You’ll be happy to know that I was properly shod for this little expedition. Relatively speaking, of course! But then, I wasn’t going to The end of the world. It’s amazing how far you can actually see, round this wonderful coastline. The cliffs seem to roll on and on. Here I’m standing, in the fresh wind I’d been longing for, looking down on Praia do Tonel. Ahead lies the Sagres promontory. Behind me, a modest little pottery shop.
The commanding fortress looks out to sea in all directions. Built in the time of Prince Henry the Navigator, its most distinctive feature is the compass rose, a giant pebble compass, 43 metres in diameter. Within the fortress, Nossa Senhora de Graca dates from 1579, replacing the original chapel built for Henry in 1459. He spent much of his later life here, dying in 1460.
The sea sucks greedily at the cliffs, battering its way in on the calmest of days. It’s a place to be in awe of nature, yet fishermen cast their rods with the nonchalance of familiarity, from the most precarious nooks and crannies in the rock face.
From the solid entrance to the fortress, Rua da Fortaleza gradually dwindles into Sagres, the cobbles culminating in a timeless square, the heart of the community. My visit coincides with an easing of restrictions related to lockdown and Covid-19. Caution is in the air and people are sparse, yet there’s a peace and calm to this sun-soaked spot. It’s not hard to linger here, sheltered from the wind, and indulge and daydream a little.
Reluctantly I move on. Curving round the cliff tops, views sweep down to Praia da Mareta and across the bay. The sun is gaining strength as I follow the road past an old school, converted to a café, and a straggle of surf shops, eating establishments and a tiny post office. The signs are leading me to Praia da Baleeira and the old port.
From here the lookout is to distant Praia do Martinhal. The bay is protected by the four islets lined up on the horizon. It’s a bustling port area, temporarily becalmed. The small cove has tempted just a few to frolic on the sands.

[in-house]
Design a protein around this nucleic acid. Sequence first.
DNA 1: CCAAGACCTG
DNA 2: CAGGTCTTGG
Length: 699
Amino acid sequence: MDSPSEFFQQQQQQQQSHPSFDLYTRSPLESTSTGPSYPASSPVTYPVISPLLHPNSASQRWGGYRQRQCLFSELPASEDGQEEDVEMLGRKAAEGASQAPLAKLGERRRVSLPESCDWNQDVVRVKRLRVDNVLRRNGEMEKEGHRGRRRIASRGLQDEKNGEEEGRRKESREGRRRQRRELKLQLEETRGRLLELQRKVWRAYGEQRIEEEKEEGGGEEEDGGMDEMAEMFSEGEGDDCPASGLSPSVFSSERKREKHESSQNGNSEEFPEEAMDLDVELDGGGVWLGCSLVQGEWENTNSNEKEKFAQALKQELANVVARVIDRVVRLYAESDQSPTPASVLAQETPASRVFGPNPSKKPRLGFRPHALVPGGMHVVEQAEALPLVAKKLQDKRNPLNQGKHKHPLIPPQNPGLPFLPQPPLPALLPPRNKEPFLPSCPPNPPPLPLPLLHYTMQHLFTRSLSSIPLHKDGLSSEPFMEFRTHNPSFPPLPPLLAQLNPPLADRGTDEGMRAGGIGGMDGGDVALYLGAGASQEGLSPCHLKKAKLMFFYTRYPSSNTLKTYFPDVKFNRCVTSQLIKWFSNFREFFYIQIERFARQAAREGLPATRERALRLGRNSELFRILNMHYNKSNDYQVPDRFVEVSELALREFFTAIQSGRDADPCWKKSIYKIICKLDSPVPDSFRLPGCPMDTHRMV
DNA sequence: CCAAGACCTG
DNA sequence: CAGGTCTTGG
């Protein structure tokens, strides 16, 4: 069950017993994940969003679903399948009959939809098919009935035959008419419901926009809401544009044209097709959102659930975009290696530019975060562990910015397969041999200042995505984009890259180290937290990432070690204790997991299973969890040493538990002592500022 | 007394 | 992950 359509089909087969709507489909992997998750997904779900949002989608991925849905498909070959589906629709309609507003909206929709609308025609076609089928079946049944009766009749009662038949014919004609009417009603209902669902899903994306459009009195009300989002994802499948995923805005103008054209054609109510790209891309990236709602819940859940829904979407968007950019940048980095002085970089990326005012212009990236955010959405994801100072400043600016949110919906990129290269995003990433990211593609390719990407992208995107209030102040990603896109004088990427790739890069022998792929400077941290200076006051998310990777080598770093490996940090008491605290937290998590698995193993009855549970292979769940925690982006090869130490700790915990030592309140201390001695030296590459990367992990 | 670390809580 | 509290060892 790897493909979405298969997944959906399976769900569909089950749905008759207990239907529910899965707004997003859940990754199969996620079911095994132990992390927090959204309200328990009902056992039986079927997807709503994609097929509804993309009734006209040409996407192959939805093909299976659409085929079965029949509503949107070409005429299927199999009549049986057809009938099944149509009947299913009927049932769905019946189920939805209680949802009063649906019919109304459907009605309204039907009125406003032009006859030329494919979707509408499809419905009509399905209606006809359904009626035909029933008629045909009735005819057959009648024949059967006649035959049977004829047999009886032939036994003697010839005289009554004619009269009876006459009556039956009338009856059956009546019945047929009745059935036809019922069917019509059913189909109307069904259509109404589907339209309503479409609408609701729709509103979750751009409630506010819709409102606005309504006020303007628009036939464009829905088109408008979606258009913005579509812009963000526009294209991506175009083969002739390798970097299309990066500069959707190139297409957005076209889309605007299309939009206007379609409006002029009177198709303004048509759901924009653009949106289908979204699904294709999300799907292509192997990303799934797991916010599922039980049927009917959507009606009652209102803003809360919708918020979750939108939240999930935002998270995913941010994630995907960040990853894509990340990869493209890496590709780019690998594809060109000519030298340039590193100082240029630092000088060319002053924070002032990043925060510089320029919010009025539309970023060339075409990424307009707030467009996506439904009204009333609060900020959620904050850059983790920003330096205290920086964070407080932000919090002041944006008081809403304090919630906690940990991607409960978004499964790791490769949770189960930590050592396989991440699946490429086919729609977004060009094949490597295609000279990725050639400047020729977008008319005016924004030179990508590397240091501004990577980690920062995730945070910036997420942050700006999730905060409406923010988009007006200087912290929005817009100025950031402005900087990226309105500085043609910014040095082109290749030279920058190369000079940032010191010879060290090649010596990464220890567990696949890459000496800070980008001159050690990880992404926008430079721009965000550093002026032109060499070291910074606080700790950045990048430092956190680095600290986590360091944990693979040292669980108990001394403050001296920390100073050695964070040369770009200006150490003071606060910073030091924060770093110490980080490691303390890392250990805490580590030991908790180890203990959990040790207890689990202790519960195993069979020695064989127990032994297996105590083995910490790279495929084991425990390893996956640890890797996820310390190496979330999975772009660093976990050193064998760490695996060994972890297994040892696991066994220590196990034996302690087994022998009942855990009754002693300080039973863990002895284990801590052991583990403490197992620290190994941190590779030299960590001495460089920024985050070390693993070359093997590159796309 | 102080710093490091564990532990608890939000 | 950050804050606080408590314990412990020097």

I’m pleasantly tired now, and climb back up the steep cliff, passing the pretty tasca with the incomparable view, to a more modest eatery, where the locals happily pass the time of day. I try to catch a few scraps of gossip while gazing out across the bay.
I hope you enjoyed a wander across Sagres. Even in high summer it’s a place where you need a warm jacket early morning, and certainly when the mist creeps in on an evening. I’d love to see it with the sea raging and storming those cliffs. For now I’m content to share a few walks. Many thanks to all of you who keep them coming.
Carol has shared some truly spectacular scenery from Australia :
While Marion treads carefully on limestone pavement in Yorkshire :
And speaking of limestone, Drake introduces us to a rather special one :
While, just across the water, we are…
An early start and a bit of a climb certainly didn’t daunt Albert :
Jerrabomberra Mountain Reserve-Summit Walk
Nor is there any reason to stay at home with local views like this!
A Walk in the Woods – or beating those stay-cation blues!
Walking doesn’t have to be restricted to Mondays. Whatever suits you, Colline 🙂
Rupali enjoys taking us out for the day and exploring her beautiful world :
While Susan finds delight in the simplest of pleasures :
Natalie always manages to keep herself busy, no matter where :
It’s a long while since I’ve been to Morecambe Bay, and I’m happy to do it in Eunice’s company :
Morecambe promenade – south to north
How about this for a grand finale? A fabulous post from Sheetal :
The Ultimate Guide to Florence
Rather a lot of shares this week. Please visit where you can, and apologies for anyone I’ve missed. I’m temporarily becalmed myself, after a wonderful family visit. Take care all, and have a good week.
Hey Jo another one of your beautiful walks, all of this looks incredibly beautiful ♡
We spent a couple of beautiful days at Sagres. It made a lovely change, thanks 🤗💕
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